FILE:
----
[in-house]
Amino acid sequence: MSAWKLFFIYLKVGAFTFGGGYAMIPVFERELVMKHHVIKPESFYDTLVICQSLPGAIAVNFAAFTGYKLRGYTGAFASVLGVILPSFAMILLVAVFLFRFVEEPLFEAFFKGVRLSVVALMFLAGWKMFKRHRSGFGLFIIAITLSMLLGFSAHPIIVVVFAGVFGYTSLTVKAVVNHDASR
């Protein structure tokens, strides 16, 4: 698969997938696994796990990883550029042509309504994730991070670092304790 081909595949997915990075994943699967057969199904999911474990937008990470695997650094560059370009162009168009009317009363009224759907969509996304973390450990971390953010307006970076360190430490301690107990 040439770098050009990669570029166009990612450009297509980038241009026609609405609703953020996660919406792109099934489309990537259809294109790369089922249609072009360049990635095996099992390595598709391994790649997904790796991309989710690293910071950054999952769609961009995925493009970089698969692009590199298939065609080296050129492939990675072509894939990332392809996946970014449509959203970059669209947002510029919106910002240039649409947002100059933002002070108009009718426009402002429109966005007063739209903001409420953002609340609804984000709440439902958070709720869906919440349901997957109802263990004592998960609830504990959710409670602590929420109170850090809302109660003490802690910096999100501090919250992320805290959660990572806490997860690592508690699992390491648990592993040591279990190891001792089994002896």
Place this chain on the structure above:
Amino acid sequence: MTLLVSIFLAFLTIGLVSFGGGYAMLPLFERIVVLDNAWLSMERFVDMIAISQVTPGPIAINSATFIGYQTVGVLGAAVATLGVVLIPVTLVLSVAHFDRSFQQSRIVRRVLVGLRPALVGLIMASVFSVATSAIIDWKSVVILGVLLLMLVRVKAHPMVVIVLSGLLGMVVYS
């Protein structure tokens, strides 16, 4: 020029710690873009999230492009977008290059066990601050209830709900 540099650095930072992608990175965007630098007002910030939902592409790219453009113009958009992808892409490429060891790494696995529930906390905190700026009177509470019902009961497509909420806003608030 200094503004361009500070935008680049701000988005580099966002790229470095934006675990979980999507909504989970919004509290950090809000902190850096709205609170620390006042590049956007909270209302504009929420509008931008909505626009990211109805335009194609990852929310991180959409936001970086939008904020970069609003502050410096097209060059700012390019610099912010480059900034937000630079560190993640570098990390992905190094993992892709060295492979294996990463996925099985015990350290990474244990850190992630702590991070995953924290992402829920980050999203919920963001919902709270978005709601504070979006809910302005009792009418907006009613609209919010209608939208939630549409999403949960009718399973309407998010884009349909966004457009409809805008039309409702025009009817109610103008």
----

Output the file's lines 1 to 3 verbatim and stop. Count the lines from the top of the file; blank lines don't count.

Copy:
[in-house]
Amino acid sequence: MSAWKLFFIYLKVGAFTFGGGYAMIPVFERELVMKHHVIKPESFYDTLVICQSLPGAIAVNFAAFTGYKLRGYTGAFASVLGVILPSFAMILLVAVFLFRFVEEPLFEAFFKGVRLSVVALMFLAGWKMFKRHRSGFGLFIIAITLSMLLGFSAHPIIVVVFAGVFGYTSLTVKAVVNHDASR
């Protein structure tokens, strides 16, 4: 698969997938696994796990990883550029042509309504994730991070670092304790 081909595949997915990075994943699967057969199904999911474990937008990470695997650094560059370009162009168009009317009363009224759907969509996304973390450990971390953010307006970076360190430490301690107990 040439770098050009990669570029166009990612450009297509980038241009026609609405609703953020996660919406792109099934489309990537259809294109790369089922249609072009360049990635095996099992390595598709391994790649997904790796991309989710690293910071950054999952769609961009995925493009970089698969692009590199298939065609080296050129492939990675072509894939990332392809996946970014449509959203970059669209947002510029919106910002240039649409947002100059933002002070108009009718426009402002429109966005007063739209903001409420953002609340609804984000709440439902958070709720869906919440349901997957109802263990004592998960609830504990959710409670602590929420109170850090809302109660003490802690910096999100501090919250992320805290959660990572806490997860690592508690699992390491648990592993040591279990190891001792089994002896």